A long-underperforming Savannah high school appears to be making good on its federal turnaround money. Beach High School hasn't met academic standards for Adequate Yearly Progress since the No Child Left Behind Law was passed nine years ago. Based on test results, though, officials say, they believe Beach will make AYP for the first time ever.
Big changes are in store for one of Savannah's worst public schools. The new principal at Groves High School on Monday was scheduled to tell parents about a plan to turn around one of three Savannah schools where officials fired half the teachers in a bid to boost performance. Groves had been on No Child Left Behind's Needs Improvement list for five years.
The President Pro Temp of the Georgia Senate says, he'd like to start up pilot programs to see if books in Georgia middle schools could be replaced with iPads. Tommie Williams says, Georgia wouldn't be the first state to try going bookless. Texas and Virginia schools are trying iPads -- as is one private school in Savannah.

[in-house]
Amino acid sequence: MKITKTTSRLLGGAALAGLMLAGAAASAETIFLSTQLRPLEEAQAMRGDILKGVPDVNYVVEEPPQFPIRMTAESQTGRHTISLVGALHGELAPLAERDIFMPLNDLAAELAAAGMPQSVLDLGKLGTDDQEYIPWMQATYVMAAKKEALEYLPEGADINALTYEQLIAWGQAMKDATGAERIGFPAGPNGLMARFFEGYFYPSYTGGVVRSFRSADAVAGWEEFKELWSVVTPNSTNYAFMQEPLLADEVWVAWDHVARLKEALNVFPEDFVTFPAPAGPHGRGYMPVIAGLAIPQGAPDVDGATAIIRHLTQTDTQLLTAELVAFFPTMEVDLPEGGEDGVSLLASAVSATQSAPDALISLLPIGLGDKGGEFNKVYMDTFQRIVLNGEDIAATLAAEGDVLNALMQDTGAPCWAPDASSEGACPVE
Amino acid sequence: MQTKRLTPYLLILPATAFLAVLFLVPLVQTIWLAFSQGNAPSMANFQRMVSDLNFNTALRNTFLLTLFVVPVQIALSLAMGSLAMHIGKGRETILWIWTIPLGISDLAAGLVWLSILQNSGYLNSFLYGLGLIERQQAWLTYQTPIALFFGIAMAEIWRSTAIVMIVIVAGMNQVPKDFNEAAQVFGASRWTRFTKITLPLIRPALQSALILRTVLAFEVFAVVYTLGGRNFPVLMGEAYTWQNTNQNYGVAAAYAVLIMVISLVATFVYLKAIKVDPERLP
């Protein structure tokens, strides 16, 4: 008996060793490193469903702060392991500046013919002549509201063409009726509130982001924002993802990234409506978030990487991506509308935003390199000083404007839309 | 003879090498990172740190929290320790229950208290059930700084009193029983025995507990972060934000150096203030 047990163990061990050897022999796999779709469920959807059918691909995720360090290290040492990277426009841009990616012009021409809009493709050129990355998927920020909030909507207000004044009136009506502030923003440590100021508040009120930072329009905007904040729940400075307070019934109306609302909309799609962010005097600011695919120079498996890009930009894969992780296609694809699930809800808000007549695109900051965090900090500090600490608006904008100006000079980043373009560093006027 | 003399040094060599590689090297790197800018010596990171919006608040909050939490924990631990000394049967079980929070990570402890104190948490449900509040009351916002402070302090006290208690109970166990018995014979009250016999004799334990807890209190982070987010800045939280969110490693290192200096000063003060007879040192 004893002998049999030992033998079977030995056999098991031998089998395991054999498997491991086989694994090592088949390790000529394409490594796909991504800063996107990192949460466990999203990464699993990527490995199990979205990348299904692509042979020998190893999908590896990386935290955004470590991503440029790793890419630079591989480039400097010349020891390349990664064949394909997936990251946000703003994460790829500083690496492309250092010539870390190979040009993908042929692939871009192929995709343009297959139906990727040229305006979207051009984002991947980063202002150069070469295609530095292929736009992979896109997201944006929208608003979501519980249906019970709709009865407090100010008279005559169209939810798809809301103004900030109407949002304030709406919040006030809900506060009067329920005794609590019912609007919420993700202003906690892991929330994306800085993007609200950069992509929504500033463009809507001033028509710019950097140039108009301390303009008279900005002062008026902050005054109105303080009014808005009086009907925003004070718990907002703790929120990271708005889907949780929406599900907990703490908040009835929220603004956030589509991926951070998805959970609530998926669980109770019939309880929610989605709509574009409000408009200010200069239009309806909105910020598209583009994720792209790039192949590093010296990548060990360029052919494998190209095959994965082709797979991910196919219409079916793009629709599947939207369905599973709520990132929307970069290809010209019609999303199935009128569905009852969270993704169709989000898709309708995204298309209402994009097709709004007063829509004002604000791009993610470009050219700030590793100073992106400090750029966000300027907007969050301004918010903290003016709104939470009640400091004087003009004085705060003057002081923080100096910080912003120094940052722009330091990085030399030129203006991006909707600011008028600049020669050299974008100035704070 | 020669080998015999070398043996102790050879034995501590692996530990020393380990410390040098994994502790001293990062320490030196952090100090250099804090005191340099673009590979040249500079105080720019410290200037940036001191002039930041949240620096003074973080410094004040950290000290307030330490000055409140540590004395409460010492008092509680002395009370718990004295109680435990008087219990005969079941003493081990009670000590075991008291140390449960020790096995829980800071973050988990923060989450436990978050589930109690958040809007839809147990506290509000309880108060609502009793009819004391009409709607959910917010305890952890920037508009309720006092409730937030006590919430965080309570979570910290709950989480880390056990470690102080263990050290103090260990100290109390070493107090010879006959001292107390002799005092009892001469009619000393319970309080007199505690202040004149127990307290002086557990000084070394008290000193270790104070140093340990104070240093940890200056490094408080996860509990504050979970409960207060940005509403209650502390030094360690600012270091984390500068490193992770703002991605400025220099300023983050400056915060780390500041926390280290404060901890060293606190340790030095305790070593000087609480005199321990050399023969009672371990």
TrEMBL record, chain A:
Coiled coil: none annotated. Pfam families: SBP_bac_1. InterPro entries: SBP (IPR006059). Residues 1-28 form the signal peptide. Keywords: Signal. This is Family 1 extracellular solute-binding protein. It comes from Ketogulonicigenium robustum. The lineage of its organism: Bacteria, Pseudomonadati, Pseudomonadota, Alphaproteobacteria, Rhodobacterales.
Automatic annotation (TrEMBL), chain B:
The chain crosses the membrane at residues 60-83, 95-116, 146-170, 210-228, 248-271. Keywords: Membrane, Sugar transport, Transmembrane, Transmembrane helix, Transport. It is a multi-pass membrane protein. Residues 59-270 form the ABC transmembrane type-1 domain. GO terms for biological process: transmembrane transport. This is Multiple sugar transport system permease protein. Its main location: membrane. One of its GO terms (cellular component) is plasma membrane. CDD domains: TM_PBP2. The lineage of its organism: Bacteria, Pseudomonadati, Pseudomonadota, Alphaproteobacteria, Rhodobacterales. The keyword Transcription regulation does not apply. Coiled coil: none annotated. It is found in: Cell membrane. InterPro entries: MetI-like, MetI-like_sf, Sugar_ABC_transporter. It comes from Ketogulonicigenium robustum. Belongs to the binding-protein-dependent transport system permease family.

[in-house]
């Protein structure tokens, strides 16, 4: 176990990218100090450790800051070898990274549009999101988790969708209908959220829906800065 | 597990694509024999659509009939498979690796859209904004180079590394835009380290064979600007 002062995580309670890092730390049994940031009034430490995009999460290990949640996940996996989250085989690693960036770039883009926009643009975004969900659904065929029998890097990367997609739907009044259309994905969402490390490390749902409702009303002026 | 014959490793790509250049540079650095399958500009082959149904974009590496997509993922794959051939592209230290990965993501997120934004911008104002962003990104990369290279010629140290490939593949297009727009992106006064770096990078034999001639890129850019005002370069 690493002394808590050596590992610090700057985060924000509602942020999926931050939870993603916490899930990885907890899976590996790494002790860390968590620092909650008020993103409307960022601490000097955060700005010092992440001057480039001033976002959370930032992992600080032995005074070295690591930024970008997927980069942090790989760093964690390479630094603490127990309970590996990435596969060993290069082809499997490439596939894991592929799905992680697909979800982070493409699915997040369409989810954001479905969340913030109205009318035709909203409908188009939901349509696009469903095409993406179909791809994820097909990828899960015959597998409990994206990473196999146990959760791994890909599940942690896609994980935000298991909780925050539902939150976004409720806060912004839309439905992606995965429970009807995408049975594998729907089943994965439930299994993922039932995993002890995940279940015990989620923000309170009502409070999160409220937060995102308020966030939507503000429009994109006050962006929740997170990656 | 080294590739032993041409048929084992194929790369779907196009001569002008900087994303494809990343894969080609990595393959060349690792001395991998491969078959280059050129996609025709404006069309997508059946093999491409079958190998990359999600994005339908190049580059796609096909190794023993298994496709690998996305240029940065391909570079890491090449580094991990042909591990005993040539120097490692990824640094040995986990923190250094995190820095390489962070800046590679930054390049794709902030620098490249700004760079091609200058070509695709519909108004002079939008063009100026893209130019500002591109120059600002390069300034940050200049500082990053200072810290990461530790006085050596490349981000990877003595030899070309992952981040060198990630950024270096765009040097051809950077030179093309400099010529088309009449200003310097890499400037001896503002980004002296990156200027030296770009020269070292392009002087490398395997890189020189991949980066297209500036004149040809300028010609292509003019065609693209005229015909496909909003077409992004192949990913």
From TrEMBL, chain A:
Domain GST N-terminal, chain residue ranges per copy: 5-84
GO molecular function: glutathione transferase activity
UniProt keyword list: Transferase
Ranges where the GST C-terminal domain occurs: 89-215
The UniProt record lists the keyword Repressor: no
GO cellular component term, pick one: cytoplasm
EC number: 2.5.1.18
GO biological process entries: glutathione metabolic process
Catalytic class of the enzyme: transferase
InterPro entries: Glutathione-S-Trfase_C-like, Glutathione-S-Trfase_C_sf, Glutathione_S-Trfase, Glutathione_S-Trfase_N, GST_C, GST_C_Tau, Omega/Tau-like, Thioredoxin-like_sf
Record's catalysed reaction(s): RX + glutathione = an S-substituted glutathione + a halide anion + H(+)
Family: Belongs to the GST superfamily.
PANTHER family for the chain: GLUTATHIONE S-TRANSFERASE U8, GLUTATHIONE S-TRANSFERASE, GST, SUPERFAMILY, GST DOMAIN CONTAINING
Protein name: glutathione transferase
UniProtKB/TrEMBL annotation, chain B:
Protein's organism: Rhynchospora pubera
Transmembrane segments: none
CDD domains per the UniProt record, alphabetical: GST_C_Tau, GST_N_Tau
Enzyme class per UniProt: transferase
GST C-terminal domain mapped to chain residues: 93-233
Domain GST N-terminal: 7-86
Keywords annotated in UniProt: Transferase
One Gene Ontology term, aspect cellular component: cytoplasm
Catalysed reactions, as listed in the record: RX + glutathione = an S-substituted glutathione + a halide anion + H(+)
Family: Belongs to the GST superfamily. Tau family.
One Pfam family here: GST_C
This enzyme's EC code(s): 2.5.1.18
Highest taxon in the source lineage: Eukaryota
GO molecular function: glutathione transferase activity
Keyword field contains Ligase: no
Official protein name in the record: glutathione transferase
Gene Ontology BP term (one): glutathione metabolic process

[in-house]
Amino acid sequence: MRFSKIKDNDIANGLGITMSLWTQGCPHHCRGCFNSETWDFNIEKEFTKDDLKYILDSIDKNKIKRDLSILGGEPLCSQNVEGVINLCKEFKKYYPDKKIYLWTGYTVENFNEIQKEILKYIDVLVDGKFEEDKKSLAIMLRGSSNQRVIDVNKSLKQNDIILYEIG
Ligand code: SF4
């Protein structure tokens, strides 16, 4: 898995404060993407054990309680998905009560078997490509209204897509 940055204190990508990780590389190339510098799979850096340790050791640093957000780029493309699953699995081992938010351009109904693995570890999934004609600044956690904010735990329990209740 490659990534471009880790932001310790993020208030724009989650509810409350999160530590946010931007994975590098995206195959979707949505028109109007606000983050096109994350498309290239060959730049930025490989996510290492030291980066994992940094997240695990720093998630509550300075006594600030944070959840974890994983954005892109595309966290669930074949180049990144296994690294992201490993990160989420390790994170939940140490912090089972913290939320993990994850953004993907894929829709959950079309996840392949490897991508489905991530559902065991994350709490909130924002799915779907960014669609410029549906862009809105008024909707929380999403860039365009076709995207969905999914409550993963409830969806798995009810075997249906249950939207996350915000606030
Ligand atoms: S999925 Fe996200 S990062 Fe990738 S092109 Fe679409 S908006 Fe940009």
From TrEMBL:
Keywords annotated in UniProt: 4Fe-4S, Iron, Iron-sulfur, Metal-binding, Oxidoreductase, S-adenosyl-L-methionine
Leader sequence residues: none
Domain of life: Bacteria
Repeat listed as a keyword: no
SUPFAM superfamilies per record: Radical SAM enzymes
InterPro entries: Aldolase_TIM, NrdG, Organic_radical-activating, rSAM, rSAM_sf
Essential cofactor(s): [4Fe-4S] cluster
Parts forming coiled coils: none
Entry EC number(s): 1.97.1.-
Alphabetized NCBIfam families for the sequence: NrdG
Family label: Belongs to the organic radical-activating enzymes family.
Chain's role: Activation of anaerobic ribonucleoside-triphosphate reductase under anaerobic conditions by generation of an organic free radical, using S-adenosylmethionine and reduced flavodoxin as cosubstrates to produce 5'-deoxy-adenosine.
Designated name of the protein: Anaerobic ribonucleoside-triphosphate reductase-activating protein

Savannah-Chatham County school officials say, they expect some push-back because of new school reform ideas being considered as part of the federal Race to the Top program. Under that program, the public schools in Chatham County would get about $13 to turn-around under-performing schools and get students up to their reading levels. But the aim is to change public education. And that could ruffle some feathers.